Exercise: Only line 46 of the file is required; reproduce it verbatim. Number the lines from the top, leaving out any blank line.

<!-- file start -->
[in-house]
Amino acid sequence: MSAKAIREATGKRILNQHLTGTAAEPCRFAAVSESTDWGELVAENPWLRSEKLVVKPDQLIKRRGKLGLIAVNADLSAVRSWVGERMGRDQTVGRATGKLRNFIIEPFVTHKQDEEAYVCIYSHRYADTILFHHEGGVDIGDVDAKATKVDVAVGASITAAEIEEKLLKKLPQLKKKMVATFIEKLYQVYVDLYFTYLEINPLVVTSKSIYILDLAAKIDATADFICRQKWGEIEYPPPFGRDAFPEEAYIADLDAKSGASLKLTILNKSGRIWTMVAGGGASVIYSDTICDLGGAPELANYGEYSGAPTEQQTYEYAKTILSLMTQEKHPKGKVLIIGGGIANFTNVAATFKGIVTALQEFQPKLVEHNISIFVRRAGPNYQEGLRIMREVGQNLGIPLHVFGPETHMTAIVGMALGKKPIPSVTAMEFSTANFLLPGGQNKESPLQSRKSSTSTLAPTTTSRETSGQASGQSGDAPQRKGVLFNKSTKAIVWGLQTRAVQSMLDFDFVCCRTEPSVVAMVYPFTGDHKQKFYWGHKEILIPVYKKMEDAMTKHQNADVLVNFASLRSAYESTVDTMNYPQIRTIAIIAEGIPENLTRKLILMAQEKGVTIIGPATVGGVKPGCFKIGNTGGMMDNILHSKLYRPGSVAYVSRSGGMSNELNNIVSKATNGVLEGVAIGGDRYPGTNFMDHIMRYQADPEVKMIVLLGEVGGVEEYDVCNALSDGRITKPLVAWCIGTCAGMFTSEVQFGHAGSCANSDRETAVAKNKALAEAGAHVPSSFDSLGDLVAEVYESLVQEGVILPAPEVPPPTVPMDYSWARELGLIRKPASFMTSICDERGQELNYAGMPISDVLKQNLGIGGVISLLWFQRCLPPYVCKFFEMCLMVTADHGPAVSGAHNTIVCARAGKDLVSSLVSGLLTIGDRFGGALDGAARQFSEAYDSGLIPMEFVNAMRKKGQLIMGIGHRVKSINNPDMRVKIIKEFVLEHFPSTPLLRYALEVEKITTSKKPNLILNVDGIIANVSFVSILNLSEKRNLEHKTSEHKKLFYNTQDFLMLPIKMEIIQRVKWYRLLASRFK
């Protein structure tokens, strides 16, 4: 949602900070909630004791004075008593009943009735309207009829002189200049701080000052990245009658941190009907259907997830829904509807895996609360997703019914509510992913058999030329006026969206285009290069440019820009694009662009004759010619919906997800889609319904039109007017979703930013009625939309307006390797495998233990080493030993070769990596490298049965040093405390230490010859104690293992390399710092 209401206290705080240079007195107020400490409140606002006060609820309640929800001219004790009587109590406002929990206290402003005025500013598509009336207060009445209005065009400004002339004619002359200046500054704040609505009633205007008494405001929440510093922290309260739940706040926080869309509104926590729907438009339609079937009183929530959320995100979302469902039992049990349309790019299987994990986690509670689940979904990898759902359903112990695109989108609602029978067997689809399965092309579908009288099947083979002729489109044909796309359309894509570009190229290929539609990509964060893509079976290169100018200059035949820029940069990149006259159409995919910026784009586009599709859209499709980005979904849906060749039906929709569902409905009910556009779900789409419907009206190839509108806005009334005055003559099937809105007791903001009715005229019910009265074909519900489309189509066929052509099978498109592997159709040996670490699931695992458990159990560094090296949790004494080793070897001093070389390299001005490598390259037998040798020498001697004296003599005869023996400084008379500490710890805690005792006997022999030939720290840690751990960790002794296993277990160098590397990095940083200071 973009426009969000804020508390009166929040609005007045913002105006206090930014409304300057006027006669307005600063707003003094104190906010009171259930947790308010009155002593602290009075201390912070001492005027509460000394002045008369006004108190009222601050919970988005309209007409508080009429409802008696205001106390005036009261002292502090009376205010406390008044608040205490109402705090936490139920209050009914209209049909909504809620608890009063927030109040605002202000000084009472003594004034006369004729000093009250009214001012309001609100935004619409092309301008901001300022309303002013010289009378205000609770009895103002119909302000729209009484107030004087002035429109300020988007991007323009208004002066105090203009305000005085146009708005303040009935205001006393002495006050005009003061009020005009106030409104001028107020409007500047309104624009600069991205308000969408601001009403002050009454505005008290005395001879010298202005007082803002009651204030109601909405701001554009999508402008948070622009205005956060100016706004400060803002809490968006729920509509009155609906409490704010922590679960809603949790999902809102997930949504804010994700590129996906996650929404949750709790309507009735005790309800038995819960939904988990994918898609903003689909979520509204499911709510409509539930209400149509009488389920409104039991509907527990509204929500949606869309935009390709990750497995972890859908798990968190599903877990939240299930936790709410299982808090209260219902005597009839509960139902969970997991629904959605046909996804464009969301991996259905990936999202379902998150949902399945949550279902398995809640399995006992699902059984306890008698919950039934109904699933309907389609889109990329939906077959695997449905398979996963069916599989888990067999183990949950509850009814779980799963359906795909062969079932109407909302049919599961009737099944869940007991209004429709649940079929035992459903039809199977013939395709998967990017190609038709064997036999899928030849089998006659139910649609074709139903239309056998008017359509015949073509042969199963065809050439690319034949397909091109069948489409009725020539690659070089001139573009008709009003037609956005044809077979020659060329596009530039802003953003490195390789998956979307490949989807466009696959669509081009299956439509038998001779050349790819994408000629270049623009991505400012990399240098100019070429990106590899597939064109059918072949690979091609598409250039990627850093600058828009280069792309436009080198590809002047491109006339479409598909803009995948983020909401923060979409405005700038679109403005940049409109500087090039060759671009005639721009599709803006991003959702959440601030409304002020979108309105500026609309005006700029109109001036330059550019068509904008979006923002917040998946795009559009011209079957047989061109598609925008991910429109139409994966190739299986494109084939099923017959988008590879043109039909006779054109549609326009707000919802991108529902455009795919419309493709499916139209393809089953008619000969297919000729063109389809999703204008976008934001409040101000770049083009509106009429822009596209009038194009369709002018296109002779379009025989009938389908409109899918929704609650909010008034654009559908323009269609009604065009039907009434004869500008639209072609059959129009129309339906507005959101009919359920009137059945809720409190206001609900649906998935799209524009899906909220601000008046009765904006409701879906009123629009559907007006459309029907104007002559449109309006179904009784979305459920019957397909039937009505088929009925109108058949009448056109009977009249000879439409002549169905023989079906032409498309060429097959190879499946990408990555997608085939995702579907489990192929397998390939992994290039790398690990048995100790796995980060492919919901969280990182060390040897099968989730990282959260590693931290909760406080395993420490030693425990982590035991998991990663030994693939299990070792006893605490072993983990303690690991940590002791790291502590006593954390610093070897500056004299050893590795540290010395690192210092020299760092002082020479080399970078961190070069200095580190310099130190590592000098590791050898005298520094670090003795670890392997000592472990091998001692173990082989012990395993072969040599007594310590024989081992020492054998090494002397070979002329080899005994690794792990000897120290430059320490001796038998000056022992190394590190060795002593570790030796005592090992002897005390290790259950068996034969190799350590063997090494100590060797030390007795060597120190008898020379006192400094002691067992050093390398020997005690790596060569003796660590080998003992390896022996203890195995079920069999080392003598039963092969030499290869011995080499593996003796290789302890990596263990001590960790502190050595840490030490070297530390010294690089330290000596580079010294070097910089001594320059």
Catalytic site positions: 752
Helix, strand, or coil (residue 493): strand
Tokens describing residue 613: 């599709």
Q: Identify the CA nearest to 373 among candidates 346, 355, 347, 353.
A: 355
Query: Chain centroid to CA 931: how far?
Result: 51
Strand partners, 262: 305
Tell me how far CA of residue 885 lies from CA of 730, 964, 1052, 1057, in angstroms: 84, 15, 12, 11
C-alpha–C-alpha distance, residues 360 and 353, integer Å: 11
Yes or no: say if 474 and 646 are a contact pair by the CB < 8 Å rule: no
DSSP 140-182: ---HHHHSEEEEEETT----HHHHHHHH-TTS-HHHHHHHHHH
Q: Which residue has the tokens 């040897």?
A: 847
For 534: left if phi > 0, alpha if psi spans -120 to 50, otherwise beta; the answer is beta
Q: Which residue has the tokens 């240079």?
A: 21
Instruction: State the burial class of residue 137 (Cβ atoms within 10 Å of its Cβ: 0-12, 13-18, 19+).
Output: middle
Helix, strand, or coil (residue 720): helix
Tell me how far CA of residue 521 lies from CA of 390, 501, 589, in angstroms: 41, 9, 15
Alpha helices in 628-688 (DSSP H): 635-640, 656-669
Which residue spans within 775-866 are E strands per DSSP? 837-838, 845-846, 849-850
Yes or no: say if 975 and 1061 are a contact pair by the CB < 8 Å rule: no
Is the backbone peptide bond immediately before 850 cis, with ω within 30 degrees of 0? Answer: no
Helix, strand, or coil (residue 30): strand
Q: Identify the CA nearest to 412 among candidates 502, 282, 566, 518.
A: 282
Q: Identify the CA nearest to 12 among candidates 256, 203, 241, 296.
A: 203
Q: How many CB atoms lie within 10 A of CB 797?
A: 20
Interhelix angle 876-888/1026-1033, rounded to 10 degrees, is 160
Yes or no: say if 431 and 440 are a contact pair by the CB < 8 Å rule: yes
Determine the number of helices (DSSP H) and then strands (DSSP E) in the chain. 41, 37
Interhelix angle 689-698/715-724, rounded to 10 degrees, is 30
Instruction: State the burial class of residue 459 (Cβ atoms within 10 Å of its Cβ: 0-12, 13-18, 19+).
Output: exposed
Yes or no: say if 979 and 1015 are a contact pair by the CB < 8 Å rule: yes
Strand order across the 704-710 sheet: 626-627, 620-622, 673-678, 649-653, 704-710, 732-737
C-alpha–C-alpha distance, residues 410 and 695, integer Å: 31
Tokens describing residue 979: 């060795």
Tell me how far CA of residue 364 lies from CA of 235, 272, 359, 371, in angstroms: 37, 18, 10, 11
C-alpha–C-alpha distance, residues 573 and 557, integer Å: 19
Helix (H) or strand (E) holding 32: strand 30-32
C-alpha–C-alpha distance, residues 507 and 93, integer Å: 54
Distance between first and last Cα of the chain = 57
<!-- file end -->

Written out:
Tell me how far CA of residue 364 lies from CA of 235, 272, 359, 371, in angstroms: 37, 18, 10, 11